Although cryonics organizations are doing their best to lower costs, cryopreservation is still not affordable for some people. Of course, if you decide to sign up while you’re young, you can reduce the price considerably by taking out a term life insurance. A person in their twenties in good health could pay a total of 45€ per month (25€ of membership fee and 20€ of insurance fee). Basically, they’d pay the price of one dinner for two per month.
The problem arises when the person is a bit older, or when they have a medical condition that increases the price of insurance and, in some cases, even makes them uninsurable. Not many people have 200,000€ in their pocket. At Tomorrow we believe that everyone should be able to choose to be cryopreserved, if they want to. If a person wants a chance at a future life, they should be able to take it, no matter their economic situation.
What are we doing to solve this problem? Find out here.
Cryopreserving someone isn’t an easy task. First, you need to have trained SST teams on call 24/7. In fact, one of the members could die at any time of the day or night, and the team must be ready to respond and reach the location as quickly as possible. In addition, teams must be provided with all the necessary equipment (often customized in the lab by our engineers). Given the ongoing research, equipment will need to be constantly updated to ensure up-to-date quality. The teams themselves will need to be continuously trained on new techniques in cryopreservation, open-heart surgery, perfusion, and more.
Keeping these points in mind, we are talking about a certain amount of money. In addition, one must calculate what happens upon the legal death of a member. If the member dies after pre-existing conditions have worsened, one of the teams will be dispatched as early as possible and remain on site on standby. This could take hours or even days so arrangements will have to be made for the team. The travel itself will also have its costs, which usually increase in the case of sudden death when the team must use whatever means to allow them to get there quickly. If the member in question is on vacation on a remote island somewhere in Asia, there may be a need for a private medical jet.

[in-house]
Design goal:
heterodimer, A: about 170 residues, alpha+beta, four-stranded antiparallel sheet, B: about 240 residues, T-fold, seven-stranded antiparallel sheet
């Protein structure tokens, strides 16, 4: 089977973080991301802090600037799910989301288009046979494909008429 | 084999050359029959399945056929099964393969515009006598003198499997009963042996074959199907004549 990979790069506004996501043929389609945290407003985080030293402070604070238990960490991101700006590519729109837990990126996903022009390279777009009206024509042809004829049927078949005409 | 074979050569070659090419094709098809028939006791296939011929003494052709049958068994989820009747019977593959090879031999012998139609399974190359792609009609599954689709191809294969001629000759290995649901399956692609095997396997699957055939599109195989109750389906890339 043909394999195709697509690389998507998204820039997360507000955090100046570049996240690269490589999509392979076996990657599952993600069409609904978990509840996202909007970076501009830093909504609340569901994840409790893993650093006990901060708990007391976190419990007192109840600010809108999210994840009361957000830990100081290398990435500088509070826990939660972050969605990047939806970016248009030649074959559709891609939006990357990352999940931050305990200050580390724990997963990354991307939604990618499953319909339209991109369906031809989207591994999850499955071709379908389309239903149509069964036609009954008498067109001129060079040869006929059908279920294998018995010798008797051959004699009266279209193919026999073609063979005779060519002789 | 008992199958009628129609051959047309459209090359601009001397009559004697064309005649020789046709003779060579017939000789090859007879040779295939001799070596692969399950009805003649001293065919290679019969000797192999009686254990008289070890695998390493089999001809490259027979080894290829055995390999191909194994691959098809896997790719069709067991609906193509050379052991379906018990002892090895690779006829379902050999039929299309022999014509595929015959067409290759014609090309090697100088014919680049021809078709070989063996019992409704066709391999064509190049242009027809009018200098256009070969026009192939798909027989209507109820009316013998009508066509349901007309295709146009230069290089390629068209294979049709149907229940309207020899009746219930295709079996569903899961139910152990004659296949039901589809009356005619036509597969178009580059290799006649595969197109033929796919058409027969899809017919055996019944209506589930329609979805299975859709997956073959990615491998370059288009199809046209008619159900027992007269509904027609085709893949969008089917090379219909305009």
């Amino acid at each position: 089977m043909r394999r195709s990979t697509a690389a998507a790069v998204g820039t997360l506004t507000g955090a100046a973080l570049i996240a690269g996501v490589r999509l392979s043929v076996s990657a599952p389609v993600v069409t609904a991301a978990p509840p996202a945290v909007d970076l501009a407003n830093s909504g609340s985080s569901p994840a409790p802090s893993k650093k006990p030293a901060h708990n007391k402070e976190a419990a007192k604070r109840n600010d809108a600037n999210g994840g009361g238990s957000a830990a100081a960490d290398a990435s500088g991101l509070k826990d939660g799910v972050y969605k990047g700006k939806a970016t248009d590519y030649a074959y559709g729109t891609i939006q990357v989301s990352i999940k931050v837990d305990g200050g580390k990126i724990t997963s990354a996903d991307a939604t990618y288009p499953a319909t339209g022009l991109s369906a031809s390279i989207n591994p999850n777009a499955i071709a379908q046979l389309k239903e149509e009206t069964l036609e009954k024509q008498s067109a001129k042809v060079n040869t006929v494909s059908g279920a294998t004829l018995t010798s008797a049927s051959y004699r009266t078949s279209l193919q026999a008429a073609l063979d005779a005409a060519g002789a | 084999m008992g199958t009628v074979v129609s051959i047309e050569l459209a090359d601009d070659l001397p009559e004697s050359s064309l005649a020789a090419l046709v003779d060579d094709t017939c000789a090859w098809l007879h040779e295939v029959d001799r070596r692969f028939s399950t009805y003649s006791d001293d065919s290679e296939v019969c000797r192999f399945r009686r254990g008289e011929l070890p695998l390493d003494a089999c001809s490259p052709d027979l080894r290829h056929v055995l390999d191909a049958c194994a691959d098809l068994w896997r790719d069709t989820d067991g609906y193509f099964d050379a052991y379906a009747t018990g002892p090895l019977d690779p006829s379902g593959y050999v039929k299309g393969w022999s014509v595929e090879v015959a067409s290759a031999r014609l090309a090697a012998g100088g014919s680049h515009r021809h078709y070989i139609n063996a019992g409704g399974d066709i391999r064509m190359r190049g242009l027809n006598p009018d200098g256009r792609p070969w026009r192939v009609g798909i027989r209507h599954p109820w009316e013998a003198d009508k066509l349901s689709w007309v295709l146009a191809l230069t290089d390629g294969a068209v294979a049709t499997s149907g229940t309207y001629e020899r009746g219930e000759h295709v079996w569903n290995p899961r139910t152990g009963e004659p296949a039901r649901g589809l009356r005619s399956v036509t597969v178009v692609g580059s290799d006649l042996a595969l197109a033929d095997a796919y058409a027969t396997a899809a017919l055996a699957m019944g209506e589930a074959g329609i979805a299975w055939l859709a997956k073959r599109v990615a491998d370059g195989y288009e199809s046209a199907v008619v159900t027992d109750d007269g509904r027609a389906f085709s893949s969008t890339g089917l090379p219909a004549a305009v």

Once the member is reached, the team will then be able to begin the cryoprotection procedure by cooling down and perfusing the body fluids with cryoprotective agents (CPAs). At this point, the patient can be transported to the long-term storage facility. The expense of the trip back will depend again on the location. Here they will be cooled for several days and placed in a custom-made cryogenic storage dewar.
If you think things have ended here, you’ve forgotten one important detail. Long-term storage is almost as challenging as cryopreservation itself. In fact, patients must remain cryopreserved for an unlimited period of time. What if they have to remain preserved for 500 years? What if in those 500 years there are wars and natural disasters caused by climate change? What if a new storage facility must be built and bodies need to be moved? Cryonics companies must evaluate all these possibilities in order to provide the safest possible service.
So yes, cryopreserving someone is relatively expensive. The question is: will it ever become accessible for everyone?
Now the question arises: what can cryonics organizations and people interested in this service do to lower its price? The key to this is the growth of the cryonics community.
On this point we are quite certain. As interest in cyopreservation is increasing, due in part to continued technological and scientific progress, it’s likely that the community will grow in the coming years. We expect costs to come down considerably. Our CEO and founder Dr. Emil Kendziorra predicts in this video that we could reach 10.000Є per cryopreservation in a few decades. This could be a definitely cheaper price than what it is today.
But how exactly does growth help reduce costs? The growth in demand will help us achieve an economy of scale. Essentially, the total prices of, for example, training a SST team or refilling the dewars with liquid nitrogen won’t really change. What will decrease is the price per capita! Let’s see a few points:
To the question of whether the price of human cryopreservation will come down in the future, we believe that it will. We don't know how long this will take but we are doing our best now to ensure that it will happen quickly. If you are interested in cryonics, you can help us by signing up and talking about it with people around you.
Who knows, one day cryopreservation may become a service offered by public health. It will no longer be a possibility but a certainty for everybody. This option may still be a long way off, but with the combined efforts of every member of the cryonics community, we could make it happen.
In case you want some more information before joining us, schedule a call with a member of our team. Cryonics is our favorite subject!